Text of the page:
Mend Physical Therapy Blog and Injury Information

Planning Your Workout To Optimize Your Menstrual Cycle And Fertility

January 12, 2022

Women’s hormones and cycles are very sensitive and very complex to understand. Many high intensity or endurance athletes (but not all) will experience irregular or total loss of menstruation which can bring with it consequences to bone density, injury risk, and compromised fertility. Regarding athletic performance through a women’s cycle, a systematic review published in Sports Medicine by McNulty et al 2020 found only “trivial” reduction in athletic performance during the follicular phase with more information needed to make any recommendations on the subject. While a woman’s cycle doesn’t appear to affect her athletic performance, her athletic performance could affect her cycle.

First, let’s break down the phases of a menstrual cycle:

Days 1-14, the follicular phase– this phase begins on the first day of bleeding (period) and continues through to ovulation. Key in this phase is the rise of estrogen

Ovulation– the point that estrogen peaks

Days 15-28, the luteal phase– from ovulation until bleeding (period). Key in this phase is the decrease in estrogen and the rise of progesterone.

Realize, a majority of women in our country do not present with exact 28 day cycles and that can still be normal. While the days may vary, one can use the distinguishing events of period and ovulation to determine what phase of their cycle they are in.

Hormone review in relation to this discussion:

Progesterone- an increase in progesterone triggers the onset of a period or if a fertilized egg is present, progesterone is essential for maintaining a pregnancy

Estrogen- it has been shown that this hormone improves our ability to recover from training and has a protective function against muscle damage

Exercise has been shown to affect our hormone levels in a few ways. Regular exercise has been shown to reduce estrogen levels by 18.9% and progesterone levels by 23.7%. These decreases are found to be most pronounced during the luteal phase of a cycle. Of note, progesterone is more sensitive to body stress than estrogen. Additionally, higher intensity exercise has been shown to decrease progesterone specifically. How this works is that the prolonged stress of higher intensity exercise increases cortisol (the body’s stress hormone). To create this extra cortisol, the body will “steal” progesterone to convert it to cortisol, and thus lower progesterone levels. Now remember, our bodies need sufficient progesterone during that luteal phase in order to signal a period or maintain a pregnancy, so high intensity exercise during that phase could alter our natural progesterone production.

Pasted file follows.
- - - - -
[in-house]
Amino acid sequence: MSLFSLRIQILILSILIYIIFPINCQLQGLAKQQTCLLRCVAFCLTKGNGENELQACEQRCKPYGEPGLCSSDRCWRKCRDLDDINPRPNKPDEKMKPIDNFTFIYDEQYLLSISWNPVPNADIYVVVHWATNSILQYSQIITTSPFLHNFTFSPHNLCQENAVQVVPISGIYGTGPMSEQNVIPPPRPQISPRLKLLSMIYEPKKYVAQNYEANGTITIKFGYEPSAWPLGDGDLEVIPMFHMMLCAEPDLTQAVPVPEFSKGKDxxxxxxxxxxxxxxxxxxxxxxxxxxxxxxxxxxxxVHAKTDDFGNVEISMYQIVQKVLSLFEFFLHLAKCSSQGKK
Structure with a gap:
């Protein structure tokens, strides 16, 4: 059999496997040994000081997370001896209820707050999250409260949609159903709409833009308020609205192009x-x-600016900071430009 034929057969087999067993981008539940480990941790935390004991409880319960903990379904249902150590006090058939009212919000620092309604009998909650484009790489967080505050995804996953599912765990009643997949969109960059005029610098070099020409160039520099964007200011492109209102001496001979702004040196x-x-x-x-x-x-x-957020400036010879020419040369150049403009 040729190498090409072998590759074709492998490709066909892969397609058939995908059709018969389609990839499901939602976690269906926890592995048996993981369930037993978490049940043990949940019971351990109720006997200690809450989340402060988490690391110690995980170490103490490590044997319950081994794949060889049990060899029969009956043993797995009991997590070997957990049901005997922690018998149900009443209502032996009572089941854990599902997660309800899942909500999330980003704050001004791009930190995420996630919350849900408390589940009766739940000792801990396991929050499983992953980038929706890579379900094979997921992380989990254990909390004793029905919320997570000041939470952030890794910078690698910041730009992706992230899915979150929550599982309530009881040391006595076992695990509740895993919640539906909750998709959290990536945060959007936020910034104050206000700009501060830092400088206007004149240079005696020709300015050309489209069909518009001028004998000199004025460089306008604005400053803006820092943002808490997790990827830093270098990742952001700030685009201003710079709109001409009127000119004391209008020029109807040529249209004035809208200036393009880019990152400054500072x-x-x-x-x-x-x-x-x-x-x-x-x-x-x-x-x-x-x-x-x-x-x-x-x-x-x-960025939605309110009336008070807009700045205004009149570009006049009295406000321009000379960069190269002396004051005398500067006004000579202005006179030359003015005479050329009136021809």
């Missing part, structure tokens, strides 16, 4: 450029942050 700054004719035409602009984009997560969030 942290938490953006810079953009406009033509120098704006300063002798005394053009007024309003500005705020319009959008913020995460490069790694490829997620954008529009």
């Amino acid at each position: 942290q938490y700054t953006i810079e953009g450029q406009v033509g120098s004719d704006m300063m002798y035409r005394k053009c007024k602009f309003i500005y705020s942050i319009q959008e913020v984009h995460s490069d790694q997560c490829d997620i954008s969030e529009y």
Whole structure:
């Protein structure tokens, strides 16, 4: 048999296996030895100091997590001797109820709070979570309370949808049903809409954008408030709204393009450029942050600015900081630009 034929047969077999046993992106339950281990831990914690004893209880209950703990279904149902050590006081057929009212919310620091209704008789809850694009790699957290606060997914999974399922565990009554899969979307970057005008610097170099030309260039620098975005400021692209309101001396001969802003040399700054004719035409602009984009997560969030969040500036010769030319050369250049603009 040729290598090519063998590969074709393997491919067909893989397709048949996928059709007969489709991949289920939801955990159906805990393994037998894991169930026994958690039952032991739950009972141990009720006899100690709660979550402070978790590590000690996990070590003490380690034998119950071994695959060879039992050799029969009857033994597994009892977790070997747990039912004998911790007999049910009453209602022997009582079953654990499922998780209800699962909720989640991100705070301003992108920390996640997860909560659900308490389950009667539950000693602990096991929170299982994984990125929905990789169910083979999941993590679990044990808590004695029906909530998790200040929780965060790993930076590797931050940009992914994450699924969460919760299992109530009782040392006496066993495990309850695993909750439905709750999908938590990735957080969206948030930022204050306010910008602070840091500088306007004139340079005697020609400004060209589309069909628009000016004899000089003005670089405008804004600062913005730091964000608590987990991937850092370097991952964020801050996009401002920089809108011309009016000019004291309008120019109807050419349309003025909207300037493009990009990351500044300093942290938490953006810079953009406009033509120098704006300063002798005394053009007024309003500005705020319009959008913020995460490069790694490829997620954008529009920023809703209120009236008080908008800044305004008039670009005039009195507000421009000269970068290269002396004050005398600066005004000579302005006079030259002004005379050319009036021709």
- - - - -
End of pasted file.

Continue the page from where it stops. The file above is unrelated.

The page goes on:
So how to workout revolving around your cycle?

It has been proposed that tapering down exercise intensity during the luteal phase will help prevent the negative effect high intensity exercise could have on your progesterone levels. What this looks like for your workouts:

Day 1 of bleeding, so from the onset of your period until about day 14 or ovulation: This is the time to take advantage of higher energy levels and the protective effects of estrogen. Focus on high intensity interval training (HIIT), cycling, running, weight lifting, crossfit, swimming, any other high intensity or endurance workout

After ovulation until the start next period, especially toward the end, about day 20-28: This is the  time to taper down intensity and endurance of exercise and focus on things like yoga, walking, swimming, and lower intensity exercise or weight lifting

Realize, this is not to say women MUST take it easy for the entire last week of their cycle. That is not doable for any professional or competitive athlete or for some people’s work out preferences. The bigger takeaway is to aim for your hardest and longest workouts to be in the first few weeks of your cycle, especially if hormone stasis and fertility is your goal. 

Click Here to schedule your next appointment with the pelvic physical therapy at MEND in Boulder, CO to help you set up a individualized workout routine and help address other side effects of cycle irregularity. 

Kossman DA, Williams NI, Domchek SM, Kurzer MS, Stopfer JE, Schmitz KH. Exercise lowers estrogen and progesterone levels in premenopausal women at high risk of breast cancer. J Appl Physiol (1985). 2011;111(6):1687-1693. doi:10.1152/japplphysiol.00319.2011

Janse de Jonge X. Effects of the Menstrual Cycle on Exercise Performance. Sports Medicine. 2003;33(11):833-851.